Therefore, I connect what I call necrocapitalist sovereignty management of the human with seizure, confiscation of counter‒cultural, political, social histories. Counter-histories are as the human under harsh processes of racialisation. But why is this so important? Because without counter-histories it is not possible to reclaim the present.

Hence, performing the archive of amnesia means nothing other than to understand that we face a moment in time where the notions of archive and amnesia are altered radically, they are almost too old or too human.

And what is that is going on with the relation between history and memory? The difference is that, in the past, this logic was hidden, but in neoliberalism, these connections are clearly visible. In neoliberal necrocapitalism, the whole of society has been transformed into merely one big investment sector that provides new opportunities for the incessant capitalisation of capital in order to make surplus value. Within this whole process, other maybe less visible procedures are additionally taking place in order that institutions can maintain their power at any cost. Today, we have to speak not only of financialisation of capital, but also of the financialisation of (cultural) institutions as such. What is bought and sold here is information itself, as it were, devoid of any content. Moreover, a process of “a cleansing of the terrain” is to be added, as was learned from the Balkan Wars. Practices and theories that disturb the flow of incessant production of information should be erased, they have to vanish.

Consequently, to summarise, what is taking place is a two-fold process: on the one hand, speculations are the outcome of a hyper-activity, not of production, but of a hyper-production of information itself; institutions are activated as incubators for the constant production of information —about themselves. The result is, to put it simply, a daily bombardment of an unbelievable quantity of information about projects and activities that nobody can follow anymore. A boom is fabricated in the infinite speculative sending and distributing of whatever. We are witnessing a completely psychotic process of the total evacuation of history, counter knowledges and alternative modes of life. Today in global neoliberal capitalism, biopolitical and necropolitical modes of life reproduce themselves near one another, transforming many of the former biopolitical sovereign States into necropolitical ones.

The outcome is that memory is a question of biopolitics and history is the main terrain of necropolitics: it is constantly under attack, being erased, rewritten, and evacuated.


Bibliography

Foucault, M. (2010), The Birth of Biopolitics: Lectures at the Collège de France, 1978-1979, Nueva York, Picador.

Malkki, Liisa H. (1996), “Speechless Emissaries: Refugges, Humanitarianism, and Dehistoricization”, Cultural Anthropology, 11.3, pp. 377-404.

Mbembe, A. (2015), “Decolonizing Knowledge and the Question of the Archive” [paper for Achille Mbembe  lecture] in Wits Institute for Social and Economic Research (WISER), Johannesburg: University of Witwatersrand. 

Mbembé, J. & Meintjes, L. (2003), “Necropolitics” Public Culture 15(1), 11-40, Duke University Press.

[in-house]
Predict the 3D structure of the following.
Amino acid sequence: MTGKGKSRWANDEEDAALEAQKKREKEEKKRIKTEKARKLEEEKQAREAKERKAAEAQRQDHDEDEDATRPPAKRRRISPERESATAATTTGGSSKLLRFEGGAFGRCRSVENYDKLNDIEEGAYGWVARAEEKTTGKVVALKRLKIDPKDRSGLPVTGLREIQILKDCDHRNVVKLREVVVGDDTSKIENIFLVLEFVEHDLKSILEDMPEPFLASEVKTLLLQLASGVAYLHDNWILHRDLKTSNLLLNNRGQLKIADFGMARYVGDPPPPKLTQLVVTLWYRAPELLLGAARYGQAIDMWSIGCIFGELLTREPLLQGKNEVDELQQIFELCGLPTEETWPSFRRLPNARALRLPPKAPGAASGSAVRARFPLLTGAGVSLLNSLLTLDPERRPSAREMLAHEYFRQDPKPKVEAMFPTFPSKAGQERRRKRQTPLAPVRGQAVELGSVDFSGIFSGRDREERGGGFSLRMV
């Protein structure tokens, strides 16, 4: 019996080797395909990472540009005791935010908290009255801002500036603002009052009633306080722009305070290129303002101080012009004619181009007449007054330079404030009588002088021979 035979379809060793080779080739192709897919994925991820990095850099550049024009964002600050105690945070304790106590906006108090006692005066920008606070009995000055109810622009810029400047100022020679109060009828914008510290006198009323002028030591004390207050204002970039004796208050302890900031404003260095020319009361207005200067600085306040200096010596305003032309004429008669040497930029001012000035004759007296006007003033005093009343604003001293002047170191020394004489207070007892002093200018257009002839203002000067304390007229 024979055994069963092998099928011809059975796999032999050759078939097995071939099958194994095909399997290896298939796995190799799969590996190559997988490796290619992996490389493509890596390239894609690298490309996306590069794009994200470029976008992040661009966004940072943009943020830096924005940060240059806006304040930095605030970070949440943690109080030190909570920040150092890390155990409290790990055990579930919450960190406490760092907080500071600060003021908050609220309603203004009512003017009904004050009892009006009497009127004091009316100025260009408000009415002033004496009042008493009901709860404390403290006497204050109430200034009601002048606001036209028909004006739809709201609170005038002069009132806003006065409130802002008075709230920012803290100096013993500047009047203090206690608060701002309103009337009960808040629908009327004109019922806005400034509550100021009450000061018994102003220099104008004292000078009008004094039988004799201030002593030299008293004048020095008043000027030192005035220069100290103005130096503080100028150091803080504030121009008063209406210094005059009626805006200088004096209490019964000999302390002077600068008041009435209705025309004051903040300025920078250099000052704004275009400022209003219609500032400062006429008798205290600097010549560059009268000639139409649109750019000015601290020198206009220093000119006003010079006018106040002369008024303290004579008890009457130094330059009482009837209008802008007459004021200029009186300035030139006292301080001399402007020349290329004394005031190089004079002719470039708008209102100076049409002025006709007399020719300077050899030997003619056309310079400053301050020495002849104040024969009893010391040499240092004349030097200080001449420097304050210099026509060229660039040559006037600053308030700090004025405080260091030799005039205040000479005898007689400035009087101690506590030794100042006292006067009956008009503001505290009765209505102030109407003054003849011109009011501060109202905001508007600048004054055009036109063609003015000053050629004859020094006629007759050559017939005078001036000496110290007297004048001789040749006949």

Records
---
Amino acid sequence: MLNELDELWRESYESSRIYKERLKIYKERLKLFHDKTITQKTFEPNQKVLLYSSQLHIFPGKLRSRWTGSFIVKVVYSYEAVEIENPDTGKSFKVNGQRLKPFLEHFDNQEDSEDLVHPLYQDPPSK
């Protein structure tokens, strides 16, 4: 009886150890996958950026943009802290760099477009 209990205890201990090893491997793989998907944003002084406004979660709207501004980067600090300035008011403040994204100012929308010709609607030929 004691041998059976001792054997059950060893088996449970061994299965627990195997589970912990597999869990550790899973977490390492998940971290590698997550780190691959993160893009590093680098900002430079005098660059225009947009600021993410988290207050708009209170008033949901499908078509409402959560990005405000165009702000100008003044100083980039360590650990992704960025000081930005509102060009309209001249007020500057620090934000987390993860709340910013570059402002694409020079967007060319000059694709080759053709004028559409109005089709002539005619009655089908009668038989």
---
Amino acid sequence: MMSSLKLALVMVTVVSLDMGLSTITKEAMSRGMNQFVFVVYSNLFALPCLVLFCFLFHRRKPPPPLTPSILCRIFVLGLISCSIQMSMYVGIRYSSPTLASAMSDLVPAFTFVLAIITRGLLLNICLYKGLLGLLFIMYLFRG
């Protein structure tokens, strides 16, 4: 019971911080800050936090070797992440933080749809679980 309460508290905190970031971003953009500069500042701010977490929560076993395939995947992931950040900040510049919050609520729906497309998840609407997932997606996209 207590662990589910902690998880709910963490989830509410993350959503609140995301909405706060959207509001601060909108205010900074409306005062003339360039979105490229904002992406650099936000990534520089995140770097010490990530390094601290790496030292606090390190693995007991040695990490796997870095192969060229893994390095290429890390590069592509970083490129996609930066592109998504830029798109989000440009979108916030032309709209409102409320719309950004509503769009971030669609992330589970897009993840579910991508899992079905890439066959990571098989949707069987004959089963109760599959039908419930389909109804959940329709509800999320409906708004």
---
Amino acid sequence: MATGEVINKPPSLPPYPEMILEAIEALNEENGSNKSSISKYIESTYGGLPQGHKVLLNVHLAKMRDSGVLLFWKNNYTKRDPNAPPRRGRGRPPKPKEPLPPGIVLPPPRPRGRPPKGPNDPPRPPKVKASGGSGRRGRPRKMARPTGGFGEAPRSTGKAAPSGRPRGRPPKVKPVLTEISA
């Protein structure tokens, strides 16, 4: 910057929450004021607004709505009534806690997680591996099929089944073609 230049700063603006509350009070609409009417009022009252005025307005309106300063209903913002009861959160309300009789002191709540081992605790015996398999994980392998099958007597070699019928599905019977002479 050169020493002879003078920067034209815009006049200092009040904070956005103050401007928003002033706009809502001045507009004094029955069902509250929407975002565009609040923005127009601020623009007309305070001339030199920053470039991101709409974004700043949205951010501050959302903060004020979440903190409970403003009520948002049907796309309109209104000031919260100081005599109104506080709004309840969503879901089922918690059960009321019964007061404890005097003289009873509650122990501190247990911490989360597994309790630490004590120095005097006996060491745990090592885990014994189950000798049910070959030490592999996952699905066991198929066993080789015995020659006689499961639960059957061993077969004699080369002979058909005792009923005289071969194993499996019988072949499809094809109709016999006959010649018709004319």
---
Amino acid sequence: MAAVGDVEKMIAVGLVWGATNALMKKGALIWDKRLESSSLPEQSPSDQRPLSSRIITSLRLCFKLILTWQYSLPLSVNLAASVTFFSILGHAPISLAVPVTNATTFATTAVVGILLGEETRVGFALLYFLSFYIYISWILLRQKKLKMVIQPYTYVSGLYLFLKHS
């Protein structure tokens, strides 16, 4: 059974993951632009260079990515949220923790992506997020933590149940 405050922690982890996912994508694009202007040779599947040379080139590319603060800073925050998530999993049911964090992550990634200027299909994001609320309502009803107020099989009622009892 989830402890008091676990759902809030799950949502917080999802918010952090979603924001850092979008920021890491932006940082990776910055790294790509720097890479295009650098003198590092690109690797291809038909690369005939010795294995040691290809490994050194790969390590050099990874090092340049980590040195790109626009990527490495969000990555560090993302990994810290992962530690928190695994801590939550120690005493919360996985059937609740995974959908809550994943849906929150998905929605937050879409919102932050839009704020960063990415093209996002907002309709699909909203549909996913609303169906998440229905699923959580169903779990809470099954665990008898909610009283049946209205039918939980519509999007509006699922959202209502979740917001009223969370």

Mondzain,  M.J. (2017), Confiscation: Des mots, des images et du temps, París, Liens qui libèrent.

Stoler,  A. L. (2011), “Colonial Aphasia: Race and Disabled Histories in France”, Public Culture, 23, (1), 121-156, Duke University Press, https://read.dukeupress.edu/public-culture/article-abstract/23/1/121/31989/Colonial-Aphasia-Race-and-Disabled-Histories-in?redirectedFrom=PDF


Notes

[1] This article is based on the insights provided by the research project I am in charge at the Academy of Fine Arts in Vienna with the title “Genealogy of Amnesia: Rethinking the Past for a New Future of Conviviality,” funded by the Austrian Science Fund (FWF), through its Programme for Arts-based Research (PEEK), in the period from 2018 to 2020. Working jointly with researchers an interdisciplinary platform to counter genealogies of amnesia of traumatic past events in Europe and the global world was established. The platform questions politics of silencing of violent genocidal histories: colonialism, anti-Semitism and fascist nationalism. It was presented at Macba Museu d’Art Contemporani de Barcelona in the frame of the seminar “La condición del contorno. Sobre el archivo y sus límites” in February 2018. All the lectures in video at www.macba.cat

[2] Cf.  Achille Mbembe, “Decolonizing Knowledge and the Question of the Archive,” paper for Achille Mbembe lecture.

[3] Ibid.

[4] Cf. Michel Foucault, The Birth of Biopolitics: Lectures at the Collège de France, 1978-1979. Translated by Graham Burchell. New York: Picador, 2010.

[5] Cf. Achille Mbembe, “Necropolitics” Public Culture, 15 (2003): 11-40.

[6] Cf. Liisa H. Malkki, “Speechless Emissaries: Refugees, Humanitarianism, and Dehistoricization,” Cultural Anthropology 11.3 (1996): 377-404.

[7] Ann Laura Stoler, “Colonial Aphasia: Race and Disabled Histories in France,” Public Culture, Volume 23, Number1, 2011: 121-156. Cf., https://read.dukeupress.edu/public-culture/article-abstract/23/1/121/31989/Colonial-Aphasia-Race-and-Disabled-Histories-in?redirectedFrom=PDF

[8] Cf. Marie-José Mondzain, Confiscation: Des mots, des images et du temps, Paris: Liens qui libèrent, 2017.

[9] Achille Mbembe, “Decolonizing Knowledge and the Question of the Archive,” paper for Achille Mbembe lecture.

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Re-visiones - ISSN 2143-0040
 
HAR2013-43016-P I+D Visualidades críticas, reescritura de las narrativas a través de las imágenes